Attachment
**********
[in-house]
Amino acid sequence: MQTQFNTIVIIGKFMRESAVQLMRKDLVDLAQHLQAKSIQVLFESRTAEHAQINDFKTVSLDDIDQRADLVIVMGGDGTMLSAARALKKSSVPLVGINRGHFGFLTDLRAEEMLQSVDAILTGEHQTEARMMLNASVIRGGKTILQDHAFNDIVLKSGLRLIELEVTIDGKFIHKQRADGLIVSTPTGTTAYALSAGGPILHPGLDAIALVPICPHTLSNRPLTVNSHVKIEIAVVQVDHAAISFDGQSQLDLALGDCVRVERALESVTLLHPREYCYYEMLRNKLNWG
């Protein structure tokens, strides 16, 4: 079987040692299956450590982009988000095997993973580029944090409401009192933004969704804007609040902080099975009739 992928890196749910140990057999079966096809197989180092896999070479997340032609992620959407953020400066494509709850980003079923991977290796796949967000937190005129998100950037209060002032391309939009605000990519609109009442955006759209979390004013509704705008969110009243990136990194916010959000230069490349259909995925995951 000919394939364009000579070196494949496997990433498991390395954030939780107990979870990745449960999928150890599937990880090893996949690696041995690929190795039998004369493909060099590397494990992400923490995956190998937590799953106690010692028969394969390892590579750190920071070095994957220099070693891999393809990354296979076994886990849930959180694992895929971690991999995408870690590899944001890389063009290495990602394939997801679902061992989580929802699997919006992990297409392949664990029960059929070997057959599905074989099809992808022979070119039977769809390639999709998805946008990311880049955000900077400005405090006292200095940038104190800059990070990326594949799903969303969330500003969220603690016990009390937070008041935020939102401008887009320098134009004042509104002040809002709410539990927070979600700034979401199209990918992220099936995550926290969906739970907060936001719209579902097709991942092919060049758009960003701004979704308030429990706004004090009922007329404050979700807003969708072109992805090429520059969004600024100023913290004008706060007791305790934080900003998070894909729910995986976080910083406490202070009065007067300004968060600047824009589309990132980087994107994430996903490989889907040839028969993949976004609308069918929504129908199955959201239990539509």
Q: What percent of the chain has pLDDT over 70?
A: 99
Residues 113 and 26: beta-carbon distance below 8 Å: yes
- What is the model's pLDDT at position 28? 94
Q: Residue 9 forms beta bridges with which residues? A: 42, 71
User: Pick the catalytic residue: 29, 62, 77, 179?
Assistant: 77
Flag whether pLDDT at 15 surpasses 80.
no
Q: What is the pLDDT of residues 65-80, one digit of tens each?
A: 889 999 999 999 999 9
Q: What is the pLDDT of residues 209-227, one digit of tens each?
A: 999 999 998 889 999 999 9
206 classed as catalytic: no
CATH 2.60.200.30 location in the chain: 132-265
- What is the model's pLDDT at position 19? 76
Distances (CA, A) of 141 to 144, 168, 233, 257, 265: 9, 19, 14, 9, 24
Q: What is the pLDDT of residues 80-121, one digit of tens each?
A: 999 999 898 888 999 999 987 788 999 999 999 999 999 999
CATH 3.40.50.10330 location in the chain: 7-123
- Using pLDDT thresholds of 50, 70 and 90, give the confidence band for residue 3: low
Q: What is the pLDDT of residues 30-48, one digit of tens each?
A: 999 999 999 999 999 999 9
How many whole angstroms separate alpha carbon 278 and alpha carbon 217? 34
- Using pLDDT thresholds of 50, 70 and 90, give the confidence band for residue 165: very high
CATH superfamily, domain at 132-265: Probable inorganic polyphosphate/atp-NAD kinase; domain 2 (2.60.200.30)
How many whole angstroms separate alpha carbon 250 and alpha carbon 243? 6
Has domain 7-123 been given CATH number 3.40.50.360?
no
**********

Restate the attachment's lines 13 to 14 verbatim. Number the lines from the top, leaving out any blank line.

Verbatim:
Q: What is the pLDDT of residues 65-80, one digit of tens each?
A: 889 999 999 999 999 9